Microsoft stopped taking any risks recently, and went on milking comfortable products. For example, on their Xbox division, except for bringing the occasional indies, they keep releasing newer versions of the same games (Halo, Forza, Gears) [...]
I do not know how long they can continue without innovation.

Seriously? With all the news and long threads around, didn't you notice Win8 & Metro? (quite risky I'd say - judging by, at the least, inevitable grumbling about changes)

Or, from Xbox division: Kinect.

Edited 2012-05-18 00:03 UTC

Reply Score: 2

cdude Member since:
2008-09-21

> The problem for Nokia is: is it going to pay?
> No one knows yet.

I think we have the answer already. Nokia is down to 8% (!!!) world-wide market-share and it's going down future. Nokia makes billion loses every quarter. The first Lumia models did sell very bad. The lunch in US will not change that and even if it's a success in US its nowhere else and US is only a very small market.

I am going to predict that Elop will not survive this year in Nokia. He will be gone before 2012 ends.

Reply Score: 1

Radio Member since:
2009-06-20

Another episode in the "Microsoft always screwed without remorse its partners in mobile" marathon.

http://www.asymco.com/2011/02/11/in-memoriam-microsofts-previous-st...

Really, it is impressive how systematically they conned everybody for the last twelve years -and keep doing that.

Reply Score: 4

cdude Member since:
2008-09-21

Nortel, Novell, Nokia. Which other company can claim they killed the big 3 No, No, No's?

Reply Score: 3

TemporalBeing Member since:
2007-08-22

If Nokia keeps getting exclusive apps, it is going to discourage others from playing. Nokia took the Microsoft $250,000 bribe to become the dominant player


The $1 Billion bribe you mean...

and for that they got:
(i) the ability to be non-exclusive to Microsoft,
(ii) the ability to modify WinPhone as they like.

So they are now moving to their own App Store - which they already have for Maemo/Symbian - Ovi.

Don't be surprised if you find Qt on there too (which Microsoft would deny in their AppStore) as it is a force in Ovi and would allow apps to run on all 3 platforms.

So what is the benefit to other manufacturers to licence and build WP7 (or WP8) devices? NONE.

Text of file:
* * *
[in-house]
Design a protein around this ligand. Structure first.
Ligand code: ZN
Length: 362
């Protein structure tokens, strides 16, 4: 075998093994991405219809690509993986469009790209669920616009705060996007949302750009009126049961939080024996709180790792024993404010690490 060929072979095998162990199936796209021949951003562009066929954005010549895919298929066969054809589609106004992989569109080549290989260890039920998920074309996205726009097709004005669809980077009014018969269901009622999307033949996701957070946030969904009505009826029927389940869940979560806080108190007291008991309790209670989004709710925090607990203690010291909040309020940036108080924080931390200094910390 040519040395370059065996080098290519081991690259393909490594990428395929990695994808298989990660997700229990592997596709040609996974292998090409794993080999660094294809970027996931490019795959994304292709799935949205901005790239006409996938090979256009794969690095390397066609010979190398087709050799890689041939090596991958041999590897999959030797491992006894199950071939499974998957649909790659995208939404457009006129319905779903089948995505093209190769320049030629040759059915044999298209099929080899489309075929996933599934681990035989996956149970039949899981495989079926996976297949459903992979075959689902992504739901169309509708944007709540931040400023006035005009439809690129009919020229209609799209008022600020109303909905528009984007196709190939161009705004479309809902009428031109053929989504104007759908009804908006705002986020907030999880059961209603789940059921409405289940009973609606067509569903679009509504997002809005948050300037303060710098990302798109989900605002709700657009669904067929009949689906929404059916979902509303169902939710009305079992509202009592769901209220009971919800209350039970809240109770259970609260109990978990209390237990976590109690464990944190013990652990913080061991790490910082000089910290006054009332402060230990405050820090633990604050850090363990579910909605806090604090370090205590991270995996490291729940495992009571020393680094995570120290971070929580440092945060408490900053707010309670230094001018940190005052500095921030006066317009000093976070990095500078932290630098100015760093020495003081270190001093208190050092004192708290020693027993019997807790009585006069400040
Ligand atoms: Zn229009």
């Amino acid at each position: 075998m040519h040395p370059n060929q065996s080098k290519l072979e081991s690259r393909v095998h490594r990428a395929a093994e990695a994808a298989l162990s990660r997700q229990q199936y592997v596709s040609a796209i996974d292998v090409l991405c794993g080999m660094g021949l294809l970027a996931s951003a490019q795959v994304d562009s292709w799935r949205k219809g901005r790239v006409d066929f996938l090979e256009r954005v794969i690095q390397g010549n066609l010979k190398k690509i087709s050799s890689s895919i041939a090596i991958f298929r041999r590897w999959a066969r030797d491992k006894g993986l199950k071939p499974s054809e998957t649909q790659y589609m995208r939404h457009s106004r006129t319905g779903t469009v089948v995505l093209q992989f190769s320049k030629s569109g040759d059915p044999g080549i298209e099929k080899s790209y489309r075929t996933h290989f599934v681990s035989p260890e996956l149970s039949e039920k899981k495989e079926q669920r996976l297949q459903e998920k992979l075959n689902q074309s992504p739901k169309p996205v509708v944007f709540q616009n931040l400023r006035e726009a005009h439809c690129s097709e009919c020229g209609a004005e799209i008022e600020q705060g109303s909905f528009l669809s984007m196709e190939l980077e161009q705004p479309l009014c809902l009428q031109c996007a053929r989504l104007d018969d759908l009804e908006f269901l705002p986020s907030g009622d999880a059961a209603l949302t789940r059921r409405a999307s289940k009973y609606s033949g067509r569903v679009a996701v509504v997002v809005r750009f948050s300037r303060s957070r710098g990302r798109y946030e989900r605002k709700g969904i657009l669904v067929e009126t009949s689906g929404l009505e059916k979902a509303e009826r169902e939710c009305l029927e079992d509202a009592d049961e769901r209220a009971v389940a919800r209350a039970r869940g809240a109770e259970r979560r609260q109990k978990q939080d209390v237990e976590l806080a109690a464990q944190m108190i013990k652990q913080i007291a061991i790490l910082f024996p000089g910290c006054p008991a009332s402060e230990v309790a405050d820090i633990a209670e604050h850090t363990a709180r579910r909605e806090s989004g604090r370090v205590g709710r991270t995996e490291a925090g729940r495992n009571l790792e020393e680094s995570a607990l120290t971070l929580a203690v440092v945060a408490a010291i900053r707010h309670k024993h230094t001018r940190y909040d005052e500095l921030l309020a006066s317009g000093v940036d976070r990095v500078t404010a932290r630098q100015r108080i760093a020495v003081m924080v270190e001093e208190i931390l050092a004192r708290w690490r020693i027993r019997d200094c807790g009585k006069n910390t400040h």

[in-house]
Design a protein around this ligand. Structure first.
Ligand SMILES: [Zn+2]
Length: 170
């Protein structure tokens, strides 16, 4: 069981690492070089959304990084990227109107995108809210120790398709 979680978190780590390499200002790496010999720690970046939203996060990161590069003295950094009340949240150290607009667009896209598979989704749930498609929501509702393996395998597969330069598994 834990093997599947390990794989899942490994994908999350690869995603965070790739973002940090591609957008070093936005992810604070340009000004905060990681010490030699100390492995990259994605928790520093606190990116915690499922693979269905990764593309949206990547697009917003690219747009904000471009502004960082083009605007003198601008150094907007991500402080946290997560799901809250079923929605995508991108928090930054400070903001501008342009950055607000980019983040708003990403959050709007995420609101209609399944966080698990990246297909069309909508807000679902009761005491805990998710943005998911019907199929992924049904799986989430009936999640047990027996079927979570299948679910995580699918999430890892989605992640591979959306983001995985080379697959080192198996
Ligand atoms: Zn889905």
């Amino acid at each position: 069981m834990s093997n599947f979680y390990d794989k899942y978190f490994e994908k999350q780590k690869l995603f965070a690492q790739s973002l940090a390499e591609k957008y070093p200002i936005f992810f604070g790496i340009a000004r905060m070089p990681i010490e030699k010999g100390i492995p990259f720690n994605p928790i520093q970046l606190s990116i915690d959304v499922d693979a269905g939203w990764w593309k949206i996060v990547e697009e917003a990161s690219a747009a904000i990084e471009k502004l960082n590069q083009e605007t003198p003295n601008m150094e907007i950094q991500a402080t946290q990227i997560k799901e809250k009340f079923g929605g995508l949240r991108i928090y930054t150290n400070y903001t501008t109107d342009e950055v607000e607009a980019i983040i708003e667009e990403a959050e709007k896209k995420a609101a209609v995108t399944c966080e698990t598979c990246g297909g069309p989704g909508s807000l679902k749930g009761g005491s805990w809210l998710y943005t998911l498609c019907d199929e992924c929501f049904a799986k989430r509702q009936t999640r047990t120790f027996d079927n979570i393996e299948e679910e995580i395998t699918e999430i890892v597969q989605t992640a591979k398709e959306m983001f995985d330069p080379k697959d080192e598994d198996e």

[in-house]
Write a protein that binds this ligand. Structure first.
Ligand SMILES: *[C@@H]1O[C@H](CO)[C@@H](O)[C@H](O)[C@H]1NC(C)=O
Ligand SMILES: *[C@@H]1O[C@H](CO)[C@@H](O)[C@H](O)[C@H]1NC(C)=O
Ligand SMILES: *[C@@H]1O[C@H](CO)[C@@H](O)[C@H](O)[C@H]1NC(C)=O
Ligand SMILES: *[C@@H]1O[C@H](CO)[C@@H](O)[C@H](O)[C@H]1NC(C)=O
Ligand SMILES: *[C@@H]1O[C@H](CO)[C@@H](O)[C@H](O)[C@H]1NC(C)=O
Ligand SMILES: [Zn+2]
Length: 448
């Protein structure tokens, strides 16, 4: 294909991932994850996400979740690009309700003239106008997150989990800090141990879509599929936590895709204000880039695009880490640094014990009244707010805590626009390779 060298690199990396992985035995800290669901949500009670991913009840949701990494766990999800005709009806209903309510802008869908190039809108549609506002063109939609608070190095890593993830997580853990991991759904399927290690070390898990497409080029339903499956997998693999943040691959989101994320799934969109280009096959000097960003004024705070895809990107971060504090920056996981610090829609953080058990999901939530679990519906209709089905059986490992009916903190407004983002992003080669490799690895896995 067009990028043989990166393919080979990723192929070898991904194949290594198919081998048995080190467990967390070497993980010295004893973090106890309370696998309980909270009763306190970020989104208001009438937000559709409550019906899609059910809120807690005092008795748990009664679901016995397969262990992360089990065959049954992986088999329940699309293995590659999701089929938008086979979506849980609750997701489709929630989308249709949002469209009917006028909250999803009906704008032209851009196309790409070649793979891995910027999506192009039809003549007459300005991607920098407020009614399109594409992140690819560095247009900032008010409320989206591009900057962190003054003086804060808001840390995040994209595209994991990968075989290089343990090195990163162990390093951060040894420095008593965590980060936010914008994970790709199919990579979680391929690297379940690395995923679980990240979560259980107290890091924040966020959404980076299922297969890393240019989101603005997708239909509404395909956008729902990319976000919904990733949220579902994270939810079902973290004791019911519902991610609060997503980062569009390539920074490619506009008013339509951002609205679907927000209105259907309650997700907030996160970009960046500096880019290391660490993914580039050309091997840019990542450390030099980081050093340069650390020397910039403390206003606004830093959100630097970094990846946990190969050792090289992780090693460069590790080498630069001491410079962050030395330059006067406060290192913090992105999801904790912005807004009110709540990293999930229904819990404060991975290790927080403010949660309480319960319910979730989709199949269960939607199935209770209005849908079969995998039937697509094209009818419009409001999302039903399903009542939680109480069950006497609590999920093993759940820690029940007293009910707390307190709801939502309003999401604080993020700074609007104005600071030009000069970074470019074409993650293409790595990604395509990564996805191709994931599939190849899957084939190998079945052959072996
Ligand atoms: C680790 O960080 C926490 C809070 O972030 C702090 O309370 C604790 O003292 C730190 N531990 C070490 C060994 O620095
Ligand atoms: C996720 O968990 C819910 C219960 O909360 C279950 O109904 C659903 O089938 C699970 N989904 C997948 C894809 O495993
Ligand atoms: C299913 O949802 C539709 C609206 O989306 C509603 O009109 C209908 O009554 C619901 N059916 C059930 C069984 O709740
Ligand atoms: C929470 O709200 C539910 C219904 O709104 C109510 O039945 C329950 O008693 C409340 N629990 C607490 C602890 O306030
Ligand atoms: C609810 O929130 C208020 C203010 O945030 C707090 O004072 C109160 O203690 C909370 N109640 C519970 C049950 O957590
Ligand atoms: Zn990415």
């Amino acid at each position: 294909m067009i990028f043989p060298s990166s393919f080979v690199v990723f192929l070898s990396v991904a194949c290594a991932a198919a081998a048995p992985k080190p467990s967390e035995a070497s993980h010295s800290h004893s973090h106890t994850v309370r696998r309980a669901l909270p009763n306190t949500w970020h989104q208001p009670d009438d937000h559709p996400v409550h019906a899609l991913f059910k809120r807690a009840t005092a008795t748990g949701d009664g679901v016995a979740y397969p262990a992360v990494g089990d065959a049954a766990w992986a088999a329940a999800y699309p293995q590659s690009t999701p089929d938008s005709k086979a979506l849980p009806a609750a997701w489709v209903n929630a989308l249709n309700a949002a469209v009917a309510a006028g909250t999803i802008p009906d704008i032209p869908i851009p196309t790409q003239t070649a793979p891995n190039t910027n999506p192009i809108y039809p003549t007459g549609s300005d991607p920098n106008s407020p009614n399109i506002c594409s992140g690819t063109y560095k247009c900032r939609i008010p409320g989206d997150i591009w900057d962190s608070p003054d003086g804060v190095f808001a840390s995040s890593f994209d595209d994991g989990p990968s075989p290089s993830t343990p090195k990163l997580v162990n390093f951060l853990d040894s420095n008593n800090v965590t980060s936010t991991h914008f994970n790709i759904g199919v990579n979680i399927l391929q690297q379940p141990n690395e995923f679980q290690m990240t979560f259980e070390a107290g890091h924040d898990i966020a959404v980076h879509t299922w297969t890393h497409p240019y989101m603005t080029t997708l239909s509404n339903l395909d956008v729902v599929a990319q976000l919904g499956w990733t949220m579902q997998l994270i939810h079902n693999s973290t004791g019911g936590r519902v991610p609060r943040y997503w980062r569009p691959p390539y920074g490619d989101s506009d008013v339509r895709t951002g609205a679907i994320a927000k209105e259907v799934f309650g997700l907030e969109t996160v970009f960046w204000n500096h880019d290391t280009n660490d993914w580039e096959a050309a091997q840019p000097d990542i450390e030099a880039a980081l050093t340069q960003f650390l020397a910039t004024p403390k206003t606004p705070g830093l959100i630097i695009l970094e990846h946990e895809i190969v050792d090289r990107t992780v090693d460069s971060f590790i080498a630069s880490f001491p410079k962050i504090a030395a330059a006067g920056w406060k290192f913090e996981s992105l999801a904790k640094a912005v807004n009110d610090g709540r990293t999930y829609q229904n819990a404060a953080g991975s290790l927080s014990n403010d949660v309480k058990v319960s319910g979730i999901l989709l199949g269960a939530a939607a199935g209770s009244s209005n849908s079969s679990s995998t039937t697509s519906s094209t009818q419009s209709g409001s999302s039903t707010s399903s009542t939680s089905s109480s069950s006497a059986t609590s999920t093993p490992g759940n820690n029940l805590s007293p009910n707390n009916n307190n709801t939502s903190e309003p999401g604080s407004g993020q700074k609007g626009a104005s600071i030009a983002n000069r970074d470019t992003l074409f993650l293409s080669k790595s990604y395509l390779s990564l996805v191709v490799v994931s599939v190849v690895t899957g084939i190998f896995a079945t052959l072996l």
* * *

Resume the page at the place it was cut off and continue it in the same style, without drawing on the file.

The whole agreement between Nokia and Microsoft was about getting market share for Microsoft at any cost. So it's no surprise that Nokia would do it in a way that would discourage others getting what benefits them. Ironically it ultimately hurts Microsoft by not allowing for network effects, which has been what Microsoft has always counted on to keep everyone under control.

What are the chances that Windows Phones will start selling in large numbers? ZERO.


That's where they have always been. WinPhone is a dead platform.

What are the chances that Elop will be loaded in a heittokone and launched out a window at the next shareholders meeting? Pretty damn good!


Well, not likely the next one; but it's going to happen at some point if he doesn't step aside first.

Reply Score: 2

Nelson Member since:
2005-11-29

You have no idea what you're talking about. None. Zero. Nokia isn't making their own app store. This is just them linking to their specific area of the marketplace which they've always had

Reply Score: 2

TemporalBeing Member since:
2007-08-22

You have no idea what you're talking about. None. Zero. Nokia isn't making their own app store. This is just them linking to their specific area of the marketplace which they've always had


Obviously you have not clue as they already have their own AppStore.

Reply Score: 2

"The other WP OEMS"?
by MollyC on Fri 11th May 2012 17:59 UTC
MollyC
Member since:
2006-07-04

As I said in a previous story, the other WP OEMs are 99% Android shops, with merely token WP support. Their WP phons are plain looking phones with next to zero-marketing. So, as I said before, who cares what they might be "worried" about? It's not as if they care all that much, as demonstrated by their actions and attitude.

Reply Score: 2

RE: "The other WP OEMS"?
by Nelson on Fri 11th May 2012 18:45 UTC in reply to ""The other WP OEMS"?"